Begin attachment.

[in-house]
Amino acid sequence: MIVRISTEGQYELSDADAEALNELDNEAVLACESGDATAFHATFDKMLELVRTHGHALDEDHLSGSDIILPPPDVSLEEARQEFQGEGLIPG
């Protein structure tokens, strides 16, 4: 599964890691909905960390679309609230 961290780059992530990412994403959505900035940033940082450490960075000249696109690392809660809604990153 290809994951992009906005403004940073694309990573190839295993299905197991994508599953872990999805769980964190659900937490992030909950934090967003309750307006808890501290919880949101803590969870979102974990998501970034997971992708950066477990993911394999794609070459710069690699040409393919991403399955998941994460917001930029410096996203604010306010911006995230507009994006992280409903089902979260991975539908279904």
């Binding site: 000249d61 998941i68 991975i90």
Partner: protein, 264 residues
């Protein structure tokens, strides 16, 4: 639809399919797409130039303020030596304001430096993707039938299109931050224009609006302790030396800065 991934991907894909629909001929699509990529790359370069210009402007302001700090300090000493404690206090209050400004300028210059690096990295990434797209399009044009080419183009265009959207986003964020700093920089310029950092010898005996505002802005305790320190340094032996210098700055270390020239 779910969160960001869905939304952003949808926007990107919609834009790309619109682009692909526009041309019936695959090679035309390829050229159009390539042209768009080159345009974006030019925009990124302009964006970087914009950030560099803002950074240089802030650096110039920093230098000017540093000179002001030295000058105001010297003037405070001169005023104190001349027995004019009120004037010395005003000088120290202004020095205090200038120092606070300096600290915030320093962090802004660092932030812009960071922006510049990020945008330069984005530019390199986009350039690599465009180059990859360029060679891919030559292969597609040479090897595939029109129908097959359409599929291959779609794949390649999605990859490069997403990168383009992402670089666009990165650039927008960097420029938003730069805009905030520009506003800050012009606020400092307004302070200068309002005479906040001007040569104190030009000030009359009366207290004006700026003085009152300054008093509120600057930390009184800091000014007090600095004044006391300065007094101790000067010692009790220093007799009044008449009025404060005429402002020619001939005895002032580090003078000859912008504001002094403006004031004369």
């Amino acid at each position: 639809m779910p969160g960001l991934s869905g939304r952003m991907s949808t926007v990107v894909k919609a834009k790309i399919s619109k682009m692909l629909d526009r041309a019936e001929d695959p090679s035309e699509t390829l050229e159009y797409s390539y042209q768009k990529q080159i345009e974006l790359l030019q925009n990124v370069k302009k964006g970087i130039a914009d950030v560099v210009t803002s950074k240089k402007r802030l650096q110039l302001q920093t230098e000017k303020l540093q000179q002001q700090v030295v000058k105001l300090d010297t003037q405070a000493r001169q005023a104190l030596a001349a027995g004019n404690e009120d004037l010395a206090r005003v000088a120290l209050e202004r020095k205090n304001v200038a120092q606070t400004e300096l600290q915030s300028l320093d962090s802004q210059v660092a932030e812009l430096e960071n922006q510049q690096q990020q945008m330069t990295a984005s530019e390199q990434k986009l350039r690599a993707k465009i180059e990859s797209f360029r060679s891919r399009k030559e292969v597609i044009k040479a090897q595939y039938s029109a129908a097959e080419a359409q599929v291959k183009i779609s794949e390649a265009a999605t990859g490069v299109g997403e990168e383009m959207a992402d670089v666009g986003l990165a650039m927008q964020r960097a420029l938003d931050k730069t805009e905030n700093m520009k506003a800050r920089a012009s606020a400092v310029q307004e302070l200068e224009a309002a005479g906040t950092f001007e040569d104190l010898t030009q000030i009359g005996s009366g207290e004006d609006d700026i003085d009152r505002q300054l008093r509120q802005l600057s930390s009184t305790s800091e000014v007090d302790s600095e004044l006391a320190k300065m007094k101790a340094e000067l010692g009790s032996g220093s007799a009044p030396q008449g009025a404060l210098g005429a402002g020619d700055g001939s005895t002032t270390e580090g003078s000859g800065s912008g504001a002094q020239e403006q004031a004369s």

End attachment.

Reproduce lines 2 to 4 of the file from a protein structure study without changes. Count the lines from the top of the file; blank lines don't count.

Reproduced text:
Amino acid sequence: MIVRISTEGQYELSDADAEALNELDNEAVLACESGDATAFHATFDKMLELVRTHGHALDEDHLSGSDIILPPPDVSLEEARQEFQGEGLIPG
């Protein structure tokens, strides 16, 4: 599964890691909905960390679309609230 961290780059992530990412994403959505900035940033940082450490960075000249696109690392809660809604990153 290809994951992009906005403004940073694309990573190839295993299905197991994508599953872990999805769980964190659900937490992030909950934090967003309750307006808890501290919880949101803590969870979102974990998501970034997971992708950066477990993911394999794609070459710069690699040409393919991403399955998941994460917001930029410096996203604010306010911006995230507009994006992280409903089902979260991975539908279904």
């Binding site: 000249d61 998941i68 991975i90």